Wednesday, February 20, 2013
Review: Salvation of a Saint by Keigo Higashino
Salvation of a Saint by Keigo Higashino translated by Alexander O Smith with Elye J Alexander, February 2013, 376 pages, Little, Brown, ISBN: 1408704196
SALVATION OF A SAINT is the follow-up to THE DEVOTION OF SUSPECT X and again involves Tokyo Detective Kusanagi and his friend Yukawa, the physicist, aka "Detective Galileo".
Yoshitaka Mashiba is found dead in his home, poisoned. His wife, Ayane, is away visiting family. It doesn't appear to be suicide but who and more critically how could he have been poisoned as there's no trace of a visitor.
Kusanagi and his team are called in. His team includes a woman detective, Kaoru Utsumi, who soon sees that Kusanagi is somewhat taken with the widow Ayane and is worried he's not thinking straight. So she goes behind his back and consults Yukawa. This secrecy doesn't last long however and soon Yukawa is “on the case”, offering suggestions and carrying out experiments in his lab. Yoshitaka's personality and particular life goals are unravelled and a motive of sorts is revealed but can Yukawa crack what could be the perfect murder?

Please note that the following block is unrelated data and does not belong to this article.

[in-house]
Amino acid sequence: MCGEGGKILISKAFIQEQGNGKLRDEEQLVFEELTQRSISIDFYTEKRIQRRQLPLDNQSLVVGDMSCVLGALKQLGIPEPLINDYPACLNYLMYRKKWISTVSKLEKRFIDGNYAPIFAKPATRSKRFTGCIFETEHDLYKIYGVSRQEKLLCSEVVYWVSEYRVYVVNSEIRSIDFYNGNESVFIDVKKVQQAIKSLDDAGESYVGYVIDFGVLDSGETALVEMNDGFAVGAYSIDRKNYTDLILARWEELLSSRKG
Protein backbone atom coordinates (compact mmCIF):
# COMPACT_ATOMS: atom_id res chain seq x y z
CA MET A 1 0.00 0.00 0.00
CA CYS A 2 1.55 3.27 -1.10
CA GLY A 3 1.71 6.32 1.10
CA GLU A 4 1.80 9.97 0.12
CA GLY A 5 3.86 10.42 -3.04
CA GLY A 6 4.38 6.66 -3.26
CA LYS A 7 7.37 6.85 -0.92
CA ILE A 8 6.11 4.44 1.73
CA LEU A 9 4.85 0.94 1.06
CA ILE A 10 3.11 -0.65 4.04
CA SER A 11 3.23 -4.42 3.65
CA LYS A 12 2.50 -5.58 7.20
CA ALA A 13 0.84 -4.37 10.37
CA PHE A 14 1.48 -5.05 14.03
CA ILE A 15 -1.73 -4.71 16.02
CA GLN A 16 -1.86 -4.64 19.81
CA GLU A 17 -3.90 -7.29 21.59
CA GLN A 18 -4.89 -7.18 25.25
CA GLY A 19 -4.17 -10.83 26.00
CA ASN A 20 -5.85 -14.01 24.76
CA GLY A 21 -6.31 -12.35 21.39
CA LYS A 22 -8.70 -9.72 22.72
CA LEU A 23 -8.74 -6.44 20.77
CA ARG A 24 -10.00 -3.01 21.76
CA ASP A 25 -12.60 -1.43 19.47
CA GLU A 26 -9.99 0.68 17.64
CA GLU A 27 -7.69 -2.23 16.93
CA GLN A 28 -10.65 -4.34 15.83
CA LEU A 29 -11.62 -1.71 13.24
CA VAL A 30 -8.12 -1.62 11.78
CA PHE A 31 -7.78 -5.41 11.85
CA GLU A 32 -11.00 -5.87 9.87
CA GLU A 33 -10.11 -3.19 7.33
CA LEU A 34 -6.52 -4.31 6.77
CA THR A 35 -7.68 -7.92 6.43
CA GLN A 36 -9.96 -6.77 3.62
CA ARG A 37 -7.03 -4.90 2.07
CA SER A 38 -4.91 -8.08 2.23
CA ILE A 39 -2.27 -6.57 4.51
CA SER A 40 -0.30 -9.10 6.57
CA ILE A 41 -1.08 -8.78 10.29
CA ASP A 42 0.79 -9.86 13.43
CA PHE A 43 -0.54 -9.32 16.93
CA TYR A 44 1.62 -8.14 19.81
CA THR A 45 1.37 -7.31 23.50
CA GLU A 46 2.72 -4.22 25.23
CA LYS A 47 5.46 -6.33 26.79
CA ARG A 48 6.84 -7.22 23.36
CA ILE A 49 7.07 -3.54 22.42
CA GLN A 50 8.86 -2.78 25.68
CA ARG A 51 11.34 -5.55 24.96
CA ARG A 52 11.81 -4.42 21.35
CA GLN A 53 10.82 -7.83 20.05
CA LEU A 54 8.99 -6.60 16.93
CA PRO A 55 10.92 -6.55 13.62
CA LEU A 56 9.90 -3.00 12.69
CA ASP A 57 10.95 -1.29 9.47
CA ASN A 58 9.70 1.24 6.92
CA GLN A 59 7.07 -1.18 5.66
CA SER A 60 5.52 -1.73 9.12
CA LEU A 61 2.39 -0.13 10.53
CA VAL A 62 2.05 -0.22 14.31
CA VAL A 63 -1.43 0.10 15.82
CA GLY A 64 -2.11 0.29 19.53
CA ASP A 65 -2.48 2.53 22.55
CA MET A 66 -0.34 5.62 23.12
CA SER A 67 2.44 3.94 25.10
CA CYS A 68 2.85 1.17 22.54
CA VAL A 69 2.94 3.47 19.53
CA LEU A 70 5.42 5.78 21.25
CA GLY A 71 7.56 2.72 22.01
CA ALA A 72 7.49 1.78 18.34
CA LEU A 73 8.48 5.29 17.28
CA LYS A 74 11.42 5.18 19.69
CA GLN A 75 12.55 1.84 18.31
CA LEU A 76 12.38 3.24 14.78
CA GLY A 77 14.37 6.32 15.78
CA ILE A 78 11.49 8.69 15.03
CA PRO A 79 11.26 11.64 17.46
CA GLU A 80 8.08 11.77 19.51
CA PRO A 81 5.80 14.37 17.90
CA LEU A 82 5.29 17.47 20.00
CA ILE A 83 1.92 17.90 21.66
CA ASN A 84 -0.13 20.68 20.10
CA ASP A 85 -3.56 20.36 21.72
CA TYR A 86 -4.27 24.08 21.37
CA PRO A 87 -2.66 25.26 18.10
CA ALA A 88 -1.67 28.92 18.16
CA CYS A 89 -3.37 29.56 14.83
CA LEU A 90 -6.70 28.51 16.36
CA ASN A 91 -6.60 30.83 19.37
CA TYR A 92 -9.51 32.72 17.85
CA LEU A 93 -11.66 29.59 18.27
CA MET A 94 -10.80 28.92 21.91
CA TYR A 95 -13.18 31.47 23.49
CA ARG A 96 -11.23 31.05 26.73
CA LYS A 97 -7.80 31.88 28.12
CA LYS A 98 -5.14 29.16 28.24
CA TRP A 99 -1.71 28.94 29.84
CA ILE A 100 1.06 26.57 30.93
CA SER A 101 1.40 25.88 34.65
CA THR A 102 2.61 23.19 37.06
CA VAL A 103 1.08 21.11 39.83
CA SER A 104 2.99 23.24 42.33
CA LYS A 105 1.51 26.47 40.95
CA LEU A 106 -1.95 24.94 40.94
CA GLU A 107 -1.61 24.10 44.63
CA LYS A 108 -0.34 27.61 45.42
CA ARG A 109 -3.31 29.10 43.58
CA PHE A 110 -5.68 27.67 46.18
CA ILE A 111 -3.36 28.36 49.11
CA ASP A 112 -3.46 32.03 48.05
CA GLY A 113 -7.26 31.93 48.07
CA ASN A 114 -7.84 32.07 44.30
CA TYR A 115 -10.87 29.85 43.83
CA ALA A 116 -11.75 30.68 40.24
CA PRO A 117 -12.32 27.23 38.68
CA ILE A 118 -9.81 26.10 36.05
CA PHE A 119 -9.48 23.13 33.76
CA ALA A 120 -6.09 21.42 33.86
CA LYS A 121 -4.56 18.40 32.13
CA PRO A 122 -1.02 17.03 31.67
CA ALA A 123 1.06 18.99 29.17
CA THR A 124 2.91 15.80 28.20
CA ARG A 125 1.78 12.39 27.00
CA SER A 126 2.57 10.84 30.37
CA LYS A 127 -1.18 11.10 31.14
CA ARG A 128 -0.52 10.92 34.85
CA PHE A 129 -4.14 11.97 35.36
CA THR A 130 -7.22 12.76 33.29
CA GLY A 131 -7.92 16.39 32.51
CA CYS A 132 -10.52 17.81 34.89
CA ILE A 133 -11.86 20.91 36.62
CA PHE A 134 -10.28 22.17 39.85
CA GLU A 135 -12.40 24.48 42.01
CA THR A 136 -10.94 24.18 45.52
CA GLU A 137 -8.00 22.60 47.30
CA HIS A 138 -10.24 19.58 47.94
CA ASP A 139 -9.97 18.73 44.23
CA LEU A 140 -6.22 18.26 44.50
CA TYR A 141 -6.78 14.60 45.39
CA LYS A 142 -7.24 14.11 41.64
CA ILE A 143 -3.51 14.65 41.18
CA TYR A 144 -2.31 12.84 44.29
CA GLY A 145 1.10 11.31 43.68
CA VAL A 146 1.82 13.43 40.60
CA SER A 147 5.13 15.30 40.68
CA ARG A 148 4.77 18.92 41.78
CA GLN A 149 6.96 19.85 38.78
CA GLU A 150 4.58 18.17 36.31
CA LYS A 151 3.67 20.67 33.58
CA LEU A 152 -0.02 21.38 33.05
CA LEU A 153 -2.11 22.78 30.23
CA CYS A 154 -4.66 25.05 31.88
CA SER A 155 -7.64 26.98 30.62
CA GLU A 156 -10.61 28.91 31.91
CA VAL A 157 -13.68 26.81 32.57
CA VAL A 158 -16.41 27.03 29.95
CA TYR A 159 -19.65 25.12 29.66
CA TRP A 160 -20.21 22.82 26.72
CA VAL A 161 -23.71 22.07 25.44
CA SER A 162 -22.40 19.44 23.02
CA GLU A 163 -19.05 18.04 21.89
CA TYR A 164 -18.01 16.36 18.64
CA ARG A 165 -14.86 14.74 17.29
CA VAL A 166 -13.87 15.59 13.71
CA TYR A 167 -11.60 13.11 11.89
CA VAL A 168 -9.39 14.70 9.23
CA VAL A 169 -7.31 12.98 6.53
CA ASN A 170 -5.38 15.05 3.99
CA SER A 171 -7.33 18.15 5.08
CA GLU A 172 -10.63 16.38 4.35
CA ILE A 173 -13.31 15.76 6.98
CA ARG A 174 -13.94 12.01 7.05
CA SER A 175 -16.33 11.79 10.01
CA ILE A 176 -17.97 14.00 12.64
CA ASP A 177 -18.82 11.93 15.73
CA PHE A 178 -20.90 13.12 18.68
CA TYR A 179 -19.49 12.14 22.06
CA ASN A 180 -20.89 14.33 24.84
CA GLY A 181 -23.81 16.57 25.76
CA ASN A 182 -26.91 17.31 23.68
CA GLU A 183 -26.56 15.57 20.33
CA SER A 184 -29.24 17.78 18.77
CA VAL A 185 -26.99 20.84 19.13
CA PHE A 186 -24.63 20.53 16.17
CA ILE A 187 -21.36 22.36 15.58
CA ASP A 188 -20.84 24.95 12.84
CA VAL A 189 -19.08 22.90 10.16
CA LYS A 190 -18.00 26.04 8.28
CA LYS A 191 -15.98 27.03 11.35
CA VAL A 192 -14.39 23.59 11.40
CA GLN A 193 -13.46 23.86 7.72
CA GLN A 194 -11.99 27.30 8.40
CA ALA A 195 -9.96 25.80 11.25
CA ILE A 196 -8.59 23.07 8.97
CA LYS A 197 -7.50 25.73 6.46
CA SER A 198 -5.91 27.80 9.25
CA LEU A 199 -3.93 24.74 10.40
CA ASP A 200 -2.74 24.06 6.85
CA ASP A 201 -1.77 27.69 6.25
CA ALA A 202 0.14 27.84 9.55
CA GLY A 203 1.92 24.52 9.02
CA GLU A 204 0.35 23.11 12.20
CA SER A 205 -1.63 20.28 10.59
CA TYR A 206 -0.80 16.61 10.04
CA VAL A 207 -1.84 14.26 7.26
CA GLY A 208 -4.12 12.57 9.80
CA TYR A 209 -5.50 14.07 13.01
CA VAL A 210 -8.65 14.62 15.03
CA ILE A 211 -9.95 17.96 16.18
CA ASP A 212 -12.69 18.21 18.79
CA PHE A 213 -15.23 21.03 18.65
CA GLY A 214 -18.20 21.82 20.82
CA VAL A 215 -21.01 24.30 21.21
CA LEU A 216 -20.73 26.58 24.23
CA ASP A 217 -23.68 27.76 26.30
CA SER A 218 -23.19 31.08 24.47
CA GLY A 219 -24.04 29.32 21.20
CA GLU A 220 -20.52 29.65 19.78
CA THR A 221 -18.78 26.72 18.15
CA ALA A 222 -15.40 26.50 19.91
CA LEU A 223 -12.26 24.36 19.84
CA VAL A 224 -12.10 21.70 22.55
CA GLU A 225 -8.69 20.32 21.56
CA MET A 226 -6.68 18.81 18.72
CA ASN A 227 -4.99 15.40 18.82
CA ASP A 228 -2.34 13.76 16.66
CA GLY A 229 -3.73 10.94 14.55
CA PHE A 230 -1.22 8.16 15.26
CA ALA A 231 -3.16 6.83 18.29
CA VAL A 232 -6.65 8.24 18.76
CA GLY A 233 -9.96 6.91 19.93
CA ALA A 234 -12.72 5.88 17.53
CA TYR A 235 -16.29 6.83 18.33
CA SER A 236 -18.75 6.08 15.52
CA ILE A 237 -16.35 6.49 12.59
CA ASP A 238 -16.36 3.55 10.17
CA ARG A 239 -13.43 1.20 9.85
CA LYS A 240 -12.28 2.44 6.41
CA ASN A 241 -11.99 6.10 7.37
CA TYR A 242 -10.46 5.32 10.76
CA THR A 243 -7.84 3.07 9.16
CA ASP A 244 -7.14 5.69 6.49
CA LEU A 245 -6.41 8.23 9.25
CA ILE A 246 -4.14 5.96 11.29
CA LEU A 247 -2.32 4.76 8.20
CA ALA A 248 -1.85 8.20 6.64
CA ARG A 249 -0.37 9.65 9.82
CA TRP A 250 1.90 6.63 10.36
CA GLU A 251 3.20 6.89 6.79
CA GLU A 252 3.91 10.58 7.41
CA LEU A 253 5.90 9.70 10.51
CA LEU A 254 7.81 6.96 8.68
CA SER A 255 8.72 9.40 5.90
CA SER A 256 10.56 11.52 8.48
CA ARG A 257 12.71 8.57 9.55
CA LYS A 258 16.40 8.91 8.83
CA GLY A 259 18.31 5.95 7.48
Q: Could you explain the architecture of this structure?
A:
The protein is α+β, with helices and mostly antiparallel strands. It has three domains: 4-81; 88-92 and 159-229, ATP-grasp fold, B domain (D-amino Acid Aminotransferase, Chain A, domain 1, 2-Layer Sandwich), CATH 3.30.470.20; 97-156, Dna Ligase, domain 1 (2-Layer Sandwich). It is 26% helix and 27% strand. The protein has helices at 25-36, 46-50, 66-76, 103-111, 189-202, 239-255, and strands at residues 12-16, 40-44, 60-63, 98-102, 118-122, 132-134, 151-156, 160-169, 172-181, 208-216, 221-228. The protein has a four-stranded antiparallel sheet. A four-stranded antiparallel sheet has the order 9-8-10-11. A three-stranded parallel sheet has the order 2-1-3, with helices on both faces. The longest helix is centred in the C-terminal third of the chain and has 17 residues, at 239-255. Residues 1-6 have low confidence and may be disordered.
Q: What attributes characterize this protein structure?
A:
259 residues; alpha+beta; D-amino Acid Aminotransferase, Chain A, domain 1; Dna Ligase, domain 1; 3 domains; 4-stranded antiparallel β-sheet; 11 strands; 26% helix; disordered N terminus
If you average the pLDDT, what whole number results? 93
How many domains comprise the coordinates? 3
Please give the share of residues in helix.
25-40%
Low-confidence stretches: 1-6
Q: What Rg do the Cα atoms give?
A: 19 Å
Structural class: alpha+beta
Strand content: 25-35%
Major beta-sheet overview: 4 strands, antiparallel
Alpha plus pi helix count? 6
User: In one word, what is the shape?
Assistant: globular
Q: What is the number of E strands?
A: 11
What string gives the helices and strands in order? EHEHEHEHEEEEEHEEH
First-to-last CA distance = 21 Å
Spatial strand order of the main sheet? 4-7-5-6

I really like this sort of crime novel – a mystery, not bloody with a puzzle to be unravelled. And what a puzzle! I liked the new no-nonsense character Utsumi and the fact that this is more of a police procedural than the previous book so you get to know Kusanagi a little better, though the focus is still more on plotting than characterisation. I felt this was paced slightly better than SUSPECT X - I didn't feel it begin to drag even though on the face of it it isn't a wide-ranging investigation and the suspect pool is very limited. It's a fast read due to the large amount of dialogue (and the large print and wide margins don't hurt) as well as the intricacy of the plot pulling you through.
SALVATION OF A SAINT is a very absorbing who/how-dunnit and I hope there's more in this series to come from Keigo Higashino.